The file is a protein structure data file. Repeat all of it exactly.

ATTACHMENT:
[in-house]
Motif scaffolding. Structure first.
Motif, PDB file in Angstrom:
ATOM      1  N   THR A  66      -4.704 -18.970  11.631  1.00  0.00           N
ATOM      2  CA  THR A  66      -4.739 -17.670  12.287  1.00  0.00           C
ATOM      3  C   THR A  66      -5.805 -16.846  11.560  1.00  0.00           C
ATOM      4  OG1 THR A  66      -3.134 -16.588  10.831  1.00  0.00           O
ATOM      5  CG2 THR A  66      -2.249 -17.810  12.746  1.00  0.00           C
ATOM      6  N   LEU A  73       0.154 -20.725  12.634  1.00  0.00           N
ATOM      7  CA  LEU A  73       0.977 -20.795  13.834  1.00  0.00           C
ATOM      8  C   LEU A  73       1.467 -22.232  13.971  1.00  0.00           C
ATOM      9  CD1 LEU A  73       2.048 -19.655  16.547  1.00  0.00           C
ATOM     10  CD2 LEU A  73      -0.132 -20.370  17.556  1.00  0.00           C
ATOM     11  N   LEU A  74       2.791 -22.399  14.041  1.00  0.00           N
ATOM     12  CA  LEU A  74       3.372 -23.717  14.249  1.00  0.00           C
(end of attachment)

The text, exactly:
[in-house]
Motif scaffolding. Structure first.
Motif, PDB file in Angstrom:
ATOM      1  N   THR A  66      -4.704 -18.970  11.631  1.00  0.00           N
ATOM      2  CA  THR A  66      -4.739 -17.670  12.287  1.00  0.00           C
ATOM      3  C   THR A  66      -5.805 -16.846  11.560  1.00  0.00           C
ATOM      4  OG1 THR A  66      -3.134 -16.588  10.831  1.00  0.00           O
ATOM      5  CG2 THR A  66      -2.249 -17.810  12.746  1.00  0.00           C
ATOM      6  N   LEU A  73       0.154 -20.725  12.634  1.00  0.00           N
ATOM      7  CA  LEU A  73       0.977 -20.795  13.834  1.00  0.00           C
ATOM      8  C   LEU A  73       1.467 -22.232  13.971  1.00  0.00           C
ATOM      9  CD1 LEU A  73       2.048 -19.655  16.547  1.00  0.00           C
ATOM     10  CD2 LEU A  73      -0.132 -20.370  17.556  1.00  0.00           C
ATOM     11  N   LEU A  74       2.791 -22.399  14.041  1.00  0.00           N
ATOM     12  CA  LEU A  74       3.372 -23.717  14.249  1.00  0.00           C